IOWA CITY – Johnson County wants to give a nonprofit organization a couple of acres of its land to produce locally grown food.
The Board of Supervisors has requested proposals from organizations to farm about two acres at the former County Poor Farm property southwest of the Melrose Avenue and Highway 218 intersection.
The county leases about 133 acres for farming now, but it has been approached a couple of times in recent months about the possibility of using part of the land for a local foods project.
A proposal from Goodwill of the Heartland has drawn particular interest from the supervisors, but they don’t want to assume that’s the only good idea, so they are asking other organizations for ideas, Board of Supervisors Chairwoman Janelle Rettig said.
Offers are due Oct. 11, and the goal is to have farming underway in the spring, Rettig said.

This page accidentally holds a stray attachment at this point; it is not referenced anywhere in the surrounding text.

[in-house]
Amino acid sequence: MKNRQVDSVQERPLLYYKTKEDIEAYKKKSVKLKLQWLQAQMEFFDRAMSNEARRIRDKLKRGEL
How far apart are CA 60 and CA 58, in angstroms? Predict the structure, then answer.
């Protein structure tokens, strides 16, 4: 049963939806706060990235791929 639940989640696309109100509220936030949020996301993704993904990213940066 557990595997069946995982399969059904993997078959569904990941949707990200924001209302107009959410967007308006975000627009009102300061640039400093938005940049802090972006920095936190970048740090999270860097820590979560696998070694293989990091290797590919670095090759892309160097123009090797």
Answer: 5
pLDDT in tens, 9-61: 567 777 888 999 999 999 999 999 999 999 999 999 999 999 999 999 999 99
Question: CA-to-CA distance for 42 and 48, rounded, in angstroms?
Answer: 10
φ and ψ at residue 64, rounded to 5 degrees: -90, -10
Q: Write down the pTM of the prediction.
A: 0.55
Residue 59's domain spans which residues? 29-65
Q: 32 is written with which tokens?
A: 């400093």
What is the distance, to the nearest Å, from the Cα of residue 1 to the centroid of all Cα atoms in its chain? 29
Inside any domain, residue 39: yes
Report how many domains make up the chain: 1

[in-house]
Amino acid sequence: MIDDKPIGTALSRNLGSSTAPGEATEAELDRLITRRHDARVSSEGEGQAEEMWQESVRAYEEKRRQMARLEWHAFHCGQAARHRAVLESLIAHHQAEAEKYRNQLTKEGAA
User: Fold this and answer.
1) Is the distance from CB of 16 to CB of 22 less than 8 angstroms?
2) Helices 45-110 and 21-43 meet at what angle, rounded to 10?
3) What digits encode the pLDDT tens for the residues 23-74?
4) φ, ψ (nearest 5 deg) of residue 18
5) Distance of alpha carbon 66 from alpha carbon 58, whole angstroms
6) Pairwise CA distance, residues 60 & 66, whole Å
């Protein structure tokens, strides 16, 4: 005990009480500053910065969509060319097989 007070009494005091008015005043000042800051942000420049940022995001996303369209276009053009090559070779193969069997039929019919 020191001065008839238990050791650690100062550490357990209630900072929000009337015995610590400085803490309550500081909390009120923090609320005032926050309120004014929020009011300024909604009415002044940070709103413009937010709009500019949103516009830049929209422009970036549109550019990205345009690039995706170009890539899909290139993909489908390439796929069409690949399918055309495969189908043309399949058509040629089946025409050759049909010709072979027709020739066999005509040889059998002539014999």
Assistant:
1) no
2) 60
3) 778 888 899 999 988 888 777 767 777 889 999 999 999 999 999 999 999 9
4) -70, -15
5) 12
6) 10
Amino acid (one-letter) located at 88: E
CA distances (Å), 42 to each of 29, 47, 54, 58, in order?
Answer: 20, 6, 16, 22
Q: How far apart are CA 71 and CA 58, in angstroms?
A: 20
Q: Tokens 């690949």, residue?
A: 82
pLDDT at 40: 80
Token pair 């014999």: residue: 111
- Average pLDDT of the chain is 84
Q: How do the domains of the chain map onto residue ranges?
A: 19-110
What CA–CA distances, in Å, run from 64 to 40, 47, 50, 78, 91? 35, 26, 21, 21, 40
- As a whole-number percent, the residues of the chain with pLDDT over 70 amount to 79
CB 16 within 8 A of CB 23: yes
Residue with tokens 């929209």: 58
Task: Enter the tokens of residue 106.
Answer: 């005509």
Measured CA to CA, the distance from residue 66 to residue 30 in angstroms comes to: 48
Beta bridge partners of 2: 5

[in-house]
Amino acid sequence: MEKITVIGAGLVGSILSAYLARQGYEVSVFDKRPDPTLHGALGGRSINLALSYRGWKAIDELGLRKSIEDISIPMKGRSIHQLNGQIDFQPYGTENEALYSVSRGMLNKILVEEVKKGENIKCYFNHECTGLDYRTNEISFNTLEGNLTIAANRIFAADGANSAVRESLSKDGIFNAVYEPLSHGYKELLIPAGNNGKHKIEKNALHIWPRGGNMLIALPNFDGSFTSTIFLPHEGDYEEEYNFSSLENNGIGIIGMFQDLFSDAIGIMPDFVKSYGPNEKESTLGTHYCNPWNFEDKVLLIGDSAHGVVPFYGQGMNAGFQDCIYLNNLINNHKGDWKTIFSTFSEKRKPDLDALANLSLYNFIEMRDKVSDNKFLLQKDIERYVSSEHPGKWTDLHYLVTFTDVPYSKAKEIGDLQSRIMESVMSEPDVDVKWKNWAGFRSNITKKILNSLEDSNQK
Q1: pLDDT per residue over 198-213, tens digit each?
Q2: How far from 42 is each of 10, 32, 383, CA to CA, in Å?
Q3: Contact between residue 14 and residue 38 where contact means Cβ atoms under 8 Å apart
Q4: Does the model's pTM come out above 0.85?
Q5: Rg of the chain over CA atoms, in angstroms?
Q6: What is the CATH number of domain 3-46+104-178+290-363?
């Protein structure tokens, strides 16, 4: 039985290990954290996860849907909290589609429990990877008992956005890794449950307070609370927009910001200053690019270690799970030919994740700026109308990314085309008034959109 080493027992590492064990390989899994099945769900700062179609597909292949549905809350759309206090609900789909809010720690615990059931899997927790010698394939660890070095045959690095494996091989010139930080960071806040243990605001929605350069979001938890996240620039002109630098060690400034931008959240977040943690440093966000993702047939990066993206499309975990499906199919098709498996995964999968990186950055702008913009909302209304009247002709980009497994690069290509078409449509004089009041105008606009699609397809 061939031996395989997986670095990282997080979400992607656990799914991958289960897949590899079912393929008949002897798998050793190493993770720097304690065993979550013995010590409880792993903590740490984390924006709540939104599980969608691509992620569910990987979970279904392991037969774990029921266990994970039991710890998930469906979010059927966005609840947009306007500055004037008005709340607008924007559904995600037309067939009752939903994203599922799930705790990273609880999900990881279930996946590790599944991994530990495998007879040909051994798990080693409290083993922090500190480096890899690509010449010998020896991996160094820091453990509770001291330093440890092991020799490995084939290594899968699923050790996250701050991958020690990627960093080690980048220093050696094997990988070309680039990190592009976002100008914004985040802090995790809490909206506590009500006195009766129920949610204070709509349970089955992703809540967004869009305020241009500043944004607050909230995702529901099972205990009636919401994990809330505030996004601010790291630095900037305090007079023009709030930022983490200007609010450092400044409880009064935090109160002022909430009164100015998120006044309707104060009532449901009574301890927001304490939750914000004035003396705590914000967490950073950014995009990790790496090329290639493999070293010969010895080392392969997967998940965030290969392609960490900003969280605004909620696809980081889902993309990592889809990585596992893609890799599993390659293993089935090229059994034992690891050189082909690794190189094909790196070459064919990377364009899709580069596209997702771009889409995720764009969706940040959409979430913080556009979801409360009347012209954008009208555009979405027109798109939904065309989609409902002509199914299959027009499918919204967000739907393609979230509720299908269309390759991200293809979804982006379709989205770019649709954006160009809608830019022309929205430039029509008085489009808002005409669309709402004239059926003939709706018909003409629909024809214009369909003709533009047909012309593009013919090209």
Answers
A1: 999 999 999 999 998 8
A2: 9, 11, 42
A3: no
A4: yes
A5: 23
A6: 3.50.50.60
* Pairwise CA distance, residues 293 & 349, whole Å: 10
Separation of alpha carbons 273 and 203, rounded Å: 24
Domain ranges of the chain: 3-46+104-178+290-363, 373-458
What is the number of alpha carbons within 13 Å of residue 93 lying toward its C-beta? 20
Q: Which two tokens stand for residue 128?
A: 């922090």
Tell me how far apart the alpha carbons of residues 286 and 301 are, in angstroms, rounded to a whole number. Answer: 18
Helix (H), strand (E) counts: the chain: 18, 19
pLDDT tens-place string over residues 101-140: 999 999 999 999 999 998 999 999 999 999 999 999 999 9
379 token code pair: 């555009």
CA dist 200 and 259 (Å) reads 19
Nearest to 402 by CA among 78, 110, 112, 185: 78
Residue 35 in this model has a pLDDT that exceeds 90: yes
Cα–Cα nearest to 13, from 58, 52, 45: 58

Goodwill of the Heartland will submit a proposal that calls for the production of local food, mostly vegetables, while providing job training for people with disabilities and other barriers to employment, said Pat Airy, president and CEO of the organization.
“It really helps people needing assistance to find good work and the community by providing local food and training opportunities to people with barriers to independence,” she said.
Rettig likes that idea.
“It all sounds really interesting,” she said. “I think the board has been excited about it.”
The county is flexible on the amount of land to be leased, the use of some of the farm buildings out there and the price, said Andy Johnson, executive assistant to the Board of Supervisors. The board is not looking to make money and could rent the land for free or for a nominal fee, he said.
The county is interested in getting the Poor Farm site listed on the National Register of Historic places.
The county has owned the property since 1855 and it originally held a residential facility for people living in poverty who would work the land in return for food and shelter on a temporary basis and also had an asylum for the mentally ill. The asylum is on the National Register of Historic Places.
In addition to the farmland, the property now is home to the county’s joint emergency communications center and Chatham Oaks, a residential facility for people with mental illness.